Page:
Source: Manitoba Agriculture, Food and Rural Initiatives
Dr. Wenzhu Yang of AAFC’s Lethbridge Research Centre is investigating the use of cinnamaldehyde, a plant essential oil from cinnamon bark, as a possible alternative to ionophore antibiotics in feedlot finishing systems.
Intensive feedlot finishing operations often expose animals to physical and metabolic stress situations. Physically mixing, shipping, confining, handling and treating cattle generate anxiety and stress for the animal. Finishing cattle on high grain rations reduces overhead costs by shortening the feeding time. Higher rates of gain are achieved with rations containing a large proportion of concentrates. These rations, however, increase the incidence of acidosis, a digestive disturbance caused by a high starch diet. The stressed animals usually lack appetite and thus reduce feed consumption. Lowering feed intake leads to a reduced immune response, which results in increased morbidity and mortality.
In feedlot finishing systems, the ionophore antibiotics (e.g., rumensin) are typically added to high-grain finishing rations to decrease the incidence of digestive and metabolic disorders and to improve the efficiency of beef production. However, the use of in-feed antibiotics has become highly regulated in Europe and resisted by the public due to possible development of drug resistance in human pathogenic bacteria. Accordingly, plants extracts such as plant essential oils are being evaluated by research scientists worldwide as possible alternatives to ionophores.
Plant essential oils are not oils (i.e., lipids). They consist solely of volatile, aromatic compounds extracted from plants mainly by steam distillation. Some plant essential oils have shown antimicrobial activity that can selectively change the microbial flora in animals. Cinnamaldehyde (CIN) is the main active component of cinnamon oil, which is extracted from cinnamon bark.
Animal nutritionists from Agriculture and Agri-Food Canada’s Lethbridge Research Centre have recently tested whether adding CIN (Phodé S.A., Albi, France) into the feedlot high-grain finishing ration could improve feed intake and growth performance of steers during the finishing period. They found that steers fed a finishing ration with the addition of 400 mg CIN per head per day ate more feed than steers fed the ration without adding CIN (Figure 1). In other words, adding 400 mg CIN into the finishing ration of steers prevented the animals from reducing feed intake when they were adapting to the high grain ration or when they were stressed as a result of handling operations such as body weighing and bleeding. Beef cattle eat less when the animals have stress or subclinical rumen acidosis. Therefore, preventing a reduction in feed intake for steers fed CIN may indicate that supplementation of CIN partially alleviated the negative impact of stress or acidosis.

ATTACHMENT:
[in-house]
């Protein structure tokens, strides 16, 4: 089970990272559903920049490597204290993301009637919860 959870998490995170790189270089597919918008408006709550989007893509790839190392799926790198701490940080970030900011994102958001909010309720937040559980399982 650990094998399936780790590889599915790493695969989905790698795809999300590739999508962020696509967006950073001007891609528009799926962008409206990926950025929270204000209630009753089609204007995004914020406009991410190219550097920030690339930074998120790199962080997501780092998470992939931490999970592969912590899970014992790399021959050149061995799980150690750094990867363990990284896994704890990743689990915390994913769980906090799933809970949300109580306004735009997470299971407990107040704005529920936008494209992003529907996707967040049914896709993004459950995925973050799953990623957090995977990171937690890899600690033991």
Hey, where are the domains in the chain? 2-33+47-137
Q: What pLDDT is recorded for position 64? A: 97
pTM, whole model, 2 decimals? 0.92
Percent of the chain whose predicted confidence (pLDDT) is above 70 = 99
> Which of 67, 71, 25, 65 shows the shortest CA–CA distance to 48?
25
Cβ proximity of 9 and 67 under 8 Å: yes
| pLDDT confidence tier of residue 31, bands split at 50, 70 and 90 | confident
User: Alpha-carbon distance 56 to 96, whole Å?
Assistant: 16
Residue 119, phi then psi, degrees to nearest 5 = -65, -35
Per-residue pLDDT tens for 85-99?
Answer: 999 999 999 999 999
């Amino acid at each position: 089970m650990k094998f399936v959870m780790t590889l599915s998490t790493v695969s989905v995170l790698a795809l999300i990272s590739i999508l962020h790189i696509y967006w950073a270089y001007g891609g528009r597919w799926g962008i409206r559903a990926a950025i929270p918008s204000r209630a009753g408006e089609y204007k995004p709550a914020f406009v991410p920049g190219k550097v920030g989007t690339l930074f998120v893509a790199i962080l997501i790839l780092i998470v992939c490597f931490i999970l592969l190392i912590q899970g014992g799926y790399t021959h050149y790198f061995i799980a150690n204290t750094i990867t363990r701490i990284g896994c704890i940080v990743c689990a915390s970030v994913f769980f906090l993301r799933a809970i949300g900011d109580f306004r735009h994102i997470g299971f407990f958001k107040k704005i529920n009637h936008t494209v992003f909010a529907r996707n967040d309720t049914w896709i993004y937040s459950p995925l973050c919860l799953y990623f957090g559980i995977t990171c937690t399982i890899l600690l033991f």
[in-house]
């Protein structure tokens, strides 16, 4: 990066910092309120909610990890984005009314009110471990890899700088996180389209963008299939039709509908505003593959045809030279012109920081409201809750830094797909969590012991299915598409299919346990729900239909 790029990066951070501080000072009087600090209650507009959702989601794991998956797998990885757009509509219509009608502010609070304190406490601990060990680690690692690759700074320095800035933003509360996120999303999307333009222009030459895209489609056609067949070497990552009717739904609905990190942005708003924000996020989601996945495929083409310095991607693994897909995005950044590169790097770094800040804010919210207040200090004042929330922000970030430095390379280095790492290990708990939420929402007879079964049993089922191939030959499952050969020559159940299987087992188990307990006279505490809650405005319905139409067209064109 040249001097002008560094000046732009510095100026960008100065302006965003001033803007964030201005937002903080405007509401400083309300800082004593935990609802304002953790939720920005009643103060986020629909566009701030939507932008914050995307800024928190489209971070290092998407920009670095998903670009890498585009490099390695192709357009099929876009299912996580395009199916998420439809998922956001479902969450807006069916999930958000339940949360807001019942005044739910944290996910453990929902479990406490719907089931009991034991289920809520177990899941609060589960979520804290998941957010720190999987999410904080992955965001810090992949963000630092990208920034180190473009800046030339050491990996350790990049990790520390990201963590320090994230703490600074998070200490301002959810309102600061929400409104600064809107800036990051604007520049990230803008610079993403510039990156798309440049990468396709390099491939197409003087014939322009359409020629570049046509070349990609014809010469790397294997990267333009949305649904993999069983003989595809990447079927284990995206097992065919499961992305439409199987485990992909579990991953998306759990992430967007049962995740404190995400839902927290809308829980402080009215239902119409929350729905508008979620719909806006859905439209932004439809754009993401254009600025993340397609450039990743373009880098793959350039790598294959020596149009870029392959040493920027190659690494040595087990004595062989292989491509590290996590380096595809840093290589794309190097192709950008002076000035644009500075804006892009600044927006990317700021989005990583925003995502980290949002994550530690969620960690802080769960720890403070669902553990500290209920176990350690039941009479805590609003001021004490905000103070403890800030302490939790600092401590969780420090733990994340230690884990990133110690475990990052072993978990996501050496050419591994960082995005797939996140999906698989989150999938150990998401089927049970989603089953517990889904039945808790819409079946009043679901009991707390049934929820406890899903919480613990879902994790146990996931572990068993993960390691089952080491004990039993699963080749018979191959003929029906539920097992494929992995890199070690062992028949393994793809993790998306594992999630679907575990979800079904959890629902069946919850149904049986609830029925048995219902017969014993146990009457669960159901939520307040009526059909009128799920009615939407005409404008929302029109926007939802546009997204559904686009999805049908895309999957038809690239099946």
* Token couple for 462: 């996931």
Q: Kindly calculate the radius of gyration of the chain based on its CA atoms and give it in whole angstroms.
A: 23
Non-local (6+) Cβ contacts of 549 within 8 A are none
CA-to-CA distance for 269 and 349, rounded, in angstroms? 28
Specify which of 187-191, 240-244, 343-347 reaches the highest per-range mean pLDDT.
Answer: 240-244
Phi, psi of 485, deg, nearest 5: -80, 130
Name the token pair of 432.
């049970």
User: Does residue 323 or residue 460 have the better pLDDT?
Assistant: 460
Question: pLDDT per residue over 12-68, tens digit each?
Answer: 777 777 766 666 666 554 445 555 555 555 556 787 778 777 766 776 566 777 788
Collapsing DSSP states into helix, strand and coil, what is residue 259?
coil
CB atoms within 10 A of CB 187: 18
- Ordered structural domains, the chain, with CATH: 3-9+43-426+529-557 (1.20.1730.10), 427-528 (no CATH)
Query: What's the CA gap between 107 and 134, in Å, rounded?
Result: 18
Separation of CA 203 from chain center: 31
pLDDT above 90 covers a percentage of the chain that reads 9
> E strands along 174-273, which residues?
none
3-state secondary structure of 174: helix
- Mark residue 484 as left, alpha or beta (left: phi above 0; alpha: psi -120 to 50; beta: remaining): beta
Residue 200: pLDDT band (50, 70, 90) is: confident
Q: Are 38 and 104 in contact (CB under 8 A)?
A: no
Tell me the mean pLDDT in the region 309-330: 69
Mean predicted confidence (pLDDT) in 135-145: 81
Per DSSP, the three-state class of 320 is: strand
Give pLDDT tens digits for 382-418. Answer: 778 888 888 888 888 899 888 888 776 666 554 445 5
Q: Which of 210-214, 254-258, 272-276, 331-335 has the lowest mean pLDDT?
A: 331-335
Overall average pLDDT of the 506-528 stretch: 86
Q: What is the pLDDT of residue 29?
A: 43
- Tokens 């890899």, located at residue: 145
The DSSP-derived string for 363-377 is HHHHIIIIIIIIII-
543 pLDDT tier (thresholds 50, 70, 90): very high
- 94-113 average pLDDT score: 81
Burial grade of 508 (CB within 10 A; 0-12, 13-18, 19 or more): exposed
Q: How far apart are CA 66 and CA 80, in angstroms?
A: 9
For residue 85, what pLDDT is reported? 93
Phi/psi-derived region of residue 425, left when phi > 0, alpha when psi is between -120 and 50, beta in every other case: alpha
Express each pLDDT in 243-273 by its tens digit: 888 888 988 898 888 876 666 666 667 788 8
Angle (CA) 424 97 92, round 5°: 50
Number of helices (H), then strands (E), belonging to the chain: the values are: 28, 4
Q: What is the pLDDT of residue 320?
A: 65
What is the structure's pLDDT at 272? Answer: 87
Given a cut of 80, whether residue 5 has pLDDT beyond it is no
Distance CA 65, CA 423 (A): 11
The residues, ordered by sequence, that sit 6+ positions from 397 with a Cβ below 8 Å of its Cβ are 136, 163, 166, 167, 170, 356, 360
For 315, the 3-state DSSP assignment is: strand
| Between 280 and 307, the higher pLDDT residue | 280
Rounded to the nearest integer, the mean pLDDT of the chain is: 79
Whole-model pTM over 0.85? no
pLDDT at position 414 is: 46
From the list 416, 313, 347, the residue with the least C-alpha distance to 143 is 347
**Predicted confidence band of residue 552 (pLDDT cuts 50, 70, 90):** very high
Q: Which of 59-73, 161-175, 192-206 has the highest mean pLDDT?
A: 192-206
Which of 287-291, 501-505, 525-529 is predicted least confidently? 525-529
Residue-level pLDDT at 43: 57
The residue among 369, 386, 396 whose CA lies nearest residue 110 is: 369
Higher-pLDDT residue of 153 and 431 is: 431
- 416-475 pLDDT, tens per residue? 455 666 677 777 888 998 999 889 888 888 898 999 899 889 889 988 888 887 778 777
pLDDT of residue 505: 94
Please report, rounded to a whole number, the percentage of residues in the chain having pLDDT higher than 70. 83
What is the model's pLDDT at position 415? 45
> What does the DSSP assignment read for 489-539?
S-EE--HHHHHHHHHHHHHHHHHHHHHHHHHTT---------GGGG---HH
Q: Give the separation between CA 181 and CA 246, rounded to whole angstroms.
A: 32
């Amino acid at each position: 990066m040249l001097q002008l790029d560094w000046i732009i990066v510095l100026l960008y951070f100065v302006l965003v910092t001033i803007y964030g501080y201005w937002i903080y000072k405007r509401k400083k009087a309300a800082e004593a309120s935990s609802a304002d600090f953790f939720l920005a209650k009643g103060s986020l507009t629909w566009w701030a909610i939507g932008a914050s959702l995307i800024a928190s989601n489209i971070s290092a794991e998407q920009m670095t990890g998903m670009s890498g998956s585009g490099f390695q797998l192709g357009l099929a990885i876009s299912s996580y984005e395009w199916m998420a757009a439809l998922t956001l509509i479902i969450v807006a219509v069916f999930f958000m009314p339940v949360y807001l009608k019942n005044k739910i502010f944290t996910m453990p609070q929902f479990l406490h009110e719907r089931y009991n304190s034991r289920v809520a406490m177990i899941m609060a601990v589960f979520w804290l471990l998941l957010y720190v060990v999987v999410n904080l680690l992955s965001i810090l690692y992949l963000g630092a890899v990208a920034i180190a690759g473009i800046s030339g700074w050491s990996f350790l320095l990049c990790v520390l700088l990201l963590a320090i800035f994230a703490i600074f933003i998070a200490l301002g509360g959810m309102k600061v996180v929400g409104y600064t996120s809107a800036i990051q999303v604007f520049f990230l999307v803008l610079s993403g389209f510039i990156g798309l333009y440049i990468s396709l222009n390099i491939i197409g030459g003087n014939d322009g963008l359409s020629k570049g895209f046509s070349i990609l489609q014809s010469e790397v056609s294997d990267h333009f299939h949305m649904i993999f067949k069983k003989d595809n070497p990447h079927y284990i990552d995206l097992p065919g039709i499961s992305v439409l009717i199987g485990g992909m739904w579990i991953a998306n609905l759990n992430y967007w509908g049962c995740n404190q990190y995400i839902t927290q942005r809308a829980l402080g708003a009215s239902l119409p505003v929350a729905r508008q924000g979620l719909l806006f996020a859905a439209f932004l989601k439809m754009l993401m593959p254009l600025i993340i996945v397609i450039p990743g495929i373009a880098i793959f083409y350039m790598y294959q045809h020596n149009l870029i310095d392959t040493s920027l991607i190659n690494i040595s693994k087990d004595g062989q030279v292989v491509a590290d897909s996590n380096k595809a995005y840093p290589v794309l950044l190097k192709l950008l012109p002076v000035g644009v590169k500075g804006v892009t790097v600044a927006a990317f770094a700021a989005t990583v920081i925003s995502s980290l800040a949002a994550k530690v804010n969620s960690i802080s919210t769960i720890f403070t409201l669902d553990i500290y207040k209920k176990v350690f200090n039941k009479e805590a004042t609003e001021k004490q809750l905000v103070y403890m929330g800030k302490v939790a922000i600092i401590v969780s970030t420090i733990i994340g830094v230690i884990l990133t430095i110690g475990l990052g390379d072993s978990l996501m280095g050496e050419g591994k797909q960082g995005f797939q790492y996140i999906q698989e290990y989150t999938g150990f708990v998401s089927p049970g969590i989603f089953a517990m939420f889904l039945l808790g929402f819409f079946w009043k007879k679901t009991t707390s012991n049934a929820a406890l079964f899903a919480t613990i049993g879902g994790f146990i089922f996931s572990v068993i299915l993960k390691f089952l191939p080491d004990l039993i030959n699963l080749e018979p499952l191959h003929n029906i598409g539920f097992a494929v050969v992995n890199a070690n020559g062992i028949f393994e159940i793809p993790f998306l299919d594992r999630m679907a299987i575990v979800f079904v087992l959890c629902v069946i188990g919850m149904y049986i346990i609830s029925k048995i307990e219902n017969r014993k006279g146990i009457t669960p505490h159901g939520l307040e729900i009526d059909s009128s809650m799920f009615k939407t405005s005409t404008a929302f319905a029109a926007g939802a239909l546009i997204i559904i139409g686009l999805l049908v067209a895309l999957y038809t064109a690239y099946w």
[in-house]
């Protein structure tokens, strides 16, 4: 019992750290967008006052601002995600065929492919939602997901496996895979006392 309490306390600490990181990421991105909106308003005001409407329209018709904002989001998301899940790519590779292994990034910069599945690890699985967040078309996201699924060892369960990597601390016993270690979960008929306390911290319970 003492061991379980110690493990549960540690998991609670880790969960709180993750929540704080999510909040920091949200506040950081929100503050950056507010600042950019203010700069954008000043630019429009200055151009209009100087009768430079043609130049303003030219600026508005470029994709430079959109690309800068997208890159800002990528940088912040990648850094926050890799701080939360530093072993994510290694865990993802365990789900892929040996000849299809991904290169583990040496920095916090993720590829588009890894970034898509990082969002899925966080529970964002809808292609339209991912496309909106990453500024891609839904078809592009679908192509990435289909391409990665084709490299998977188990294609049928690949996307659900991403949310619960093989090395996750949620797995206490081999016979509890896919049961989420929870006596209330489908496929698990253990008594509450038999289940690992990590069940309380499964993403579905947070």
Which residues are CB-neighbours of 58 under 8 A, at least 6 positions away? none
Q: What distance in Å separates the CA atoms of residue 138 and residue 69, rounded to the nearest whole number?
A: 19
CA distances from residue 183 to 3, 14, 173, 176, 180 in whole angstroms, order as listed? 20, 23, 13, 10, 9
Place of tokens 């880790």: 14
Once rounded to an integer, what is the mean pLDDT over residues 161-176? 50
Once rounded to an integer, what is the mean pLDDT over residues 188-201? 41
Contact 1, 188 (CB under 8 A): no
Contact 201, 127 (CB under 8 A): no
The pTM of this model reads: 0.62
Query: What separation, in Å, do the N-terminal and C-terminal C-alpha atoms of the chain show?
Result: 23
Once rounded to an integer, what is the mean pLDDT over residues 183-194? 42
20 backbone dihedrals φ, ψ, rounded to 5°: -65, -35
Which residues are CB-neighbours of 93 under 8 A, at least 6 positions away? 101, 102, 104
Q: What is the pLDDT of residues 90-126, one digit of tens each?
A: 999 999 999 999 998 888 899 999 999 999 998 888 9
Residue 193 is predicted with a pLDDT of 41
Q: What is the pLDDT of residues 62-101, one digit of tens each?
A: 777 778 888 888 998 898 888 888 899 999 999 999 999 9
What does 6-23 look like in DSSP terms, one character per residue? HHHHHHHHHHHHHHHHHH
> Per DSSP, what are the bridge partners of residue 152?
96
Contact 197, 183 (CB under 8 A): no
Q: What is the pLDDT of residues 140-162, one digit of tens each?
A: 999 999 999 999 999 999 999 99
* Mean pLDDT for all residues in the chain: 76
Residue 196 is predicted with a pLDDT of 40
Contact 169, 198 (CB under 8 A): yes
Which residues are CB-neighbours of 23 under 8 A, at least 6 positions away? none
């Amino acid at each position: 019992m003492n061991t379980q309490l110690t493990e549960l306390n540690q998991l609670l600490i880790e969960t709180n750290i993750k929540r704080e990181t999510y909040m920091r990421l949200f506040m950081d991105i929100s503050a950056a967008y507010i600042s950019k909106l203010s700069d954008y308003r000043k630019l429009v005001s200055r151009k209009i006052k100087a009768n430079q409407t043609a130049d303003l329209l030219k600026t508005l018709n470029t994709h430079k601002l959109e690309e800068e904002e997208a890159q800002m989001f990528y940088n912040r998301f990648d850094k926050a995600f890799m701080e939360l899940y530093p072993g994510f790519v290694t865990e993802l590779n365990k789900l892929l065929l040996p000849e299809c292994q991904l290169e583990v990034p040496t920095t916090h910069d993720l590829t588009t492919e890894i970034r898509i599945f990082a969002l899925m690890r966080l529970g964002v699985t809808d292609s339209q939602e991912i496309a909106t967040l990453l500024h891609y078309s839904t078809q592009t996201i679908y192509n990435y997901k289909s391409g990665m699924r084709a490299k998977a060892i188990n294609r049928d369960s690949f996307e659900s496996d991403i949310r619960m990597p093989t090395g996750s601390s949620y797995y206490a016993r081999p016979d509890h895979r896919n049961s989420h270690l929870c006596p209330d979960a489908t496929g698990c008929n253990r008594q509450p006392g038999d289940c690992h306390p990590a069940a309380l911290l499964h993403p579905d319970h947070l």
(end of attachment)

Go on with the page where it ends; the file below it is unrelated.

We recently conducted a finishing trial using 42 yearling steers (average liveweight was 390 kg). We divided the steers into three groups and fed them individually a typical western finishing ration containing no CIN, 400 mg of CIN/head/day or 330 mg of monensin/head/day, respectively. We gradually increased the proportion of grain until the animals were getting the full finishing ration over four weeks before starting the trial. The three groups of steers ate similar amounts of feed (averaged 7.3 kg/head/day) prior to starting the trial (Figure 1). During the first week of the trial, we observed a 27% drop of feed intake for steers fed no CIN and 17% drop of feed intake for steers fed monensin. However, we did not find a significant drop for steers fed CIN. The steers fed the ration containing CIN ate 25% more feed during the first week, 14% more feed during weeks 2 to 5, and 8% more feed during the 112 days of the trial relative to steers fed no CIN.
We suggest that the reduction of feed intake during the first week of the trial may have resulted from, firstly, the stressful two days’ procedure of weighing and bleeding at the beginning of the trial; secondly, ruminal acidosis – it is known that steers may need several weeks to adjust to a finishing diet; and finally, individually penned animals may be more prone to stress. Therefore, feeding a small dose of CIN (around 400 mg of CIN/head) to finishing beef cattle daily would help to alleviate the drop in feed intake during the initial month of the finishing period. Improved feed intake will keep the cattle’s immune response at normal or high levels, which may result in a decrease of morbidity and mortality. The potential to prevent finishing cattle from dropping feed intake by applying a small dose of CIN in finishing rations is of great interest. Further animal studies are warranted to verify the application of CIN in feedlot finishing production.
Figure 1. Change in weekly feed intake by steers fed diets consisting of 9% barley silage, 86% dry-rolled barley grain and 5% supplement (dry matter basis), and supplemented with cinnamaldehyde at 0, 400 mg/steer/day CIN or 330 mg/steer/day monensin.